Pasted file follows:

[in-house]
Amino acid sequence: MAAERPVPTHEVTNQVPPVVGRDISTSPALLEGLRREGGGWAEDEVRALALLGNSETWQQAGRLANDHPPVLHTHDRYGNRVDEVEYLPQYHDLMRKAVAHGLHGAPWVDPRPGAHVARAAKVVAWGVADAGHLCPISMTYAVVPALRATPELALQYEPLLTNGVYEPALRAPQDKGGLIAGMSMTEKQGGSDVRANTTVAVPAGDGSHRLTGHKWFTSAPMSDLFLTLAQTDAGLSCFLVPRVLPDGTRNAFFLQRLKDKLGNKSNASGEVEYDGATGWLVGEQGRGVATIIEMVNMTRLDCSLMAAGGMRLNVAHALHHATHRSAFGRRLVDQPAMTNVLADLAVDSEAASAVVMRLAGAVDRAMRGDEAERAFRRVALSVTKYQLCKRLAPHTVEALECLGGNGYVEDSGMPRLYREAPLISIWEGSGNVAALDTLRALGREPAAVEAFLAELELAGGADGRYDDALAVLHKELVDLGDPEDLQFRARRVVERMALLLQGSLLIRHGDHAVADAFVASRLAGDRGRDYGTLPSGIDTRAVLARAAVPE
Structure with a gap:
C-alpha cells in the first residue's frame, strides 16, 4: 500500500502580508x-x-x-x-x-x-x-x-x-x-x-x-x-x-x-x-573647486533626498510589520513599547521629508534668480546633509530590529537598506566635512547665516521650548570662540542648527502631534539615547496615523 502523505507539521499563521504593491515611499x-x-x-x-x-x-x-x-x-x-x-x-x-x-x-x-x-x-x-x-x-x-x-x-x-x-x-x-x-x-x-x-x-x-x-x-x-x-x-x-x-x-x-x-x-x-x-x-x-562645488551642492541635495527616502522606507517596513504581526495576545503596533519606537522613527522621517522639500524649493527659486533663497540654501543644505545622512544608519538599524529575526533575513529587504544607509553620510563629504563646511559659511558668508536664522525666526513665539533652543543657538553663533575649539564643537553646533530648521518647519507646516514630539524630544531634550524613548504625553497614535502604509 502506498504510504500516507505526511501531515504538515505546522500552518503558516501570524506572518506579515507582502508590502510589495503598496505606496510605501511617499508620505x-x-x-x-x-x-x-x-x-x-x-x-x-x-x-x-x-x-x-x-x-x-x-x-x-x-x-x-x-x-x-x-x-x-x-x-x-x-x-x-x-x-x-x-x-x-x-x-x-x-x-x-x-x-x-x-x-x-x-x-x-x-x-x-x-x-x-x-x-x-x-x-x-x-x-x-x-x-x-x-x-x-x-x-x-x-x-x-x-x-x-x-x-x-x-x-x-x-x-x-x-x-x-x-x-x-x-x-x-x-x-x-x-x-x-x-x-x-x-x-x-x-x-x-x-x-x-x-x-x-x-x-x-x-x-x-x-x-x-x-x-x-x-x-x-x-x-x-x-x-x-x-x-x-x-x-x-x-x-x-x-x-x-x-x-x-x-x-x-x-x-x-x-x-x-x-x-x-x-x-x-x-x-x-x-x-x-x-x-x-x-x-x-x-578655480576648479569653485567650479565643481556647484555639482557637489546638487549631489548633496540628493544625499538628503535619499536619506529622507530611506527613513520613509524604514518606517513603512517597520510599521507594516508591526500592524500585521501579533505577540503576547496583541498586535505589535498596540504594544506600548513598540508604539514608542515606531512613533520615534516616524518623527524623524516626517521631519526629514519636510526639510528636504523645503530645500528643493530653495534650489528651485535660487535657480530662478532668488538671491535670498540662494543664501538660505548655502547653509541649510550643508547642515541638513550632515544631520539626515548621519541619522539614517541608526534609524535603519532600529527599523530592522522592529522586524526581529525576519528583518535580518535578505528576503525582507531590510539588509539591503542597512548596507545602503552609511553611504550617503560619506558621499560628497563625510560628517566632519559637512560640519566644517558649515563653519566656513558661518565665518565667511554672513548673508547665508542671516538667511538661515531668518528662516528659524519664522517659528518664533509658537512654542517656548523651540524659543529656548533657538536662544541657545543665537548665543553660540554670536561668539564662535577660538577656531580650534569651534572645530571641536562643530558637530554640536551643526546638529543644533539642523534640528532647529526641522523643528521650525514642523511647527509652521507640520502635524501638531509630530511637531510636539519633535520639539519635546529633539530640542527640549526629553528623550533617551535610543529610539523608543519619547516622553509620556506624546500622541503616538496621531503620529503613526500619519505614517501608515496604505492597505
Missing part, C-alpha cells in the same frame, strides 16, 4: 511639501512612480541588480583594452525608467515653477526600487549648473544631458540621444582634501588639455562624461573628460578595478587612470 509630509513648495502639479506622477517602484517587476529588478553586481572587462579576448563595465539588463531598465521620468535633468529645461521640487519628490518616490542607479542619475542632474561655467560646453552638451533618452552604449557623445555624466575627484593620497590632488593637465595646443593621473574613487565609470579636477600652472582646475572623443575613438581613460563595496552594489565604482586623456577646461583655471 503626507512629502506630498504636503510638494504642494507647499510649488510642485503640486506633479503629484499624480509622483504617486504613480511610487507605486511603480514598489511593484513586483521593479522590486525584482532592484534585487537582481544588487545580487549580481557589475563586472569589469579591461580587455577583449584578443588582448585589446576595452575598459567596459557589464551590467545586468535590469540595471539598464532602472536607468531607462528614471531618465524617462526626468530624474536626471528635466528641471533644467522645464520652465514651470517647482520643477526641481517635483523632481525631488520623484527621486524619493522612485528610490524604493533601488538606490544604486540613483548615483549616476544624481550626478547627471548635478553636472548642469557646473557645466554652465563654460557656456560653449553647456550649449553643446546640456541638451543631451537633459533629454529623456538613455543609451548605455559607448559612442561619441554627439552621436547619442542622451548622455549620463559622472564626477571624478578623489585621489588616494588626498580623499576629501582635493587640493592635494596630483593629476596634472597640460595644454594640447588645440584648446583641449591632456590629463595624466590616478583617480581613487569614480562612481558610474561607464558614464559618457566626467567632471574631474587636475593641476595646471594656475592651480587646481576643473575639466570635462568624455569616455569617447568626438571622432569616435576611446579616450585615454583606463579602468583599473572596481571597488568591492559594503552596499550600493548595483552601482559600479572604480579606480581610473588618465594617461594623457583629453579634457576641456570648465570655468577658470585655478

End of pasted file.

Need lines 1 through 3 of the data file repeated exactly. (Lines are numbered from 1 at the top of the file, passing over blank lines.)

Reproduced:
[in-house]
Amino acid sequence: MAAERPVPTHEVTNQVPPVVGRDISTSPALLEGLRREGGGWAEDEVRALALLGNSETWQQAGRLANDHPPVLHTHDRYGNRVDEVEYLPQYHDLMRKAVAHGLHGAPWVDPRPGAHVARAAKVVAWGVADAGHLCPISMTYAVVPALRATPELALQYEPLLTNGVYEPALRAPQDKGGLIAGMSMTEKQGGSDVRANTTVAVPAGDGSHRLTGHKWFTSAPMSDLFLTLAQTDAGLSCFLVPRVLPDGTRNAFFLQRLKDKLGNKSNASGEVEYDGATGWLVGEQGRGVATIIEMVNMTRLDCSLMAAGGMRLNVAHALHHATHRSAFGRRLVDQPAMTNVLADLAVDSEAASAVVMRLAGAVDRAMRGDEAERAFRRVALSVTKYQLCKRLAPHTVEALECLGGNGYVEDSGMPRLYREAPLISIWEGSGNVAALDTLRALGREPAAVEAFLAELELAGGADGRYDDALAVLHKELVDLGDPEDLQFRARRVVERMALLLQGSLLIRHGDHAVADAFVASRLAGDRGRDYGTLPSGIDTRAVLARAAVPE
Structure with a gap: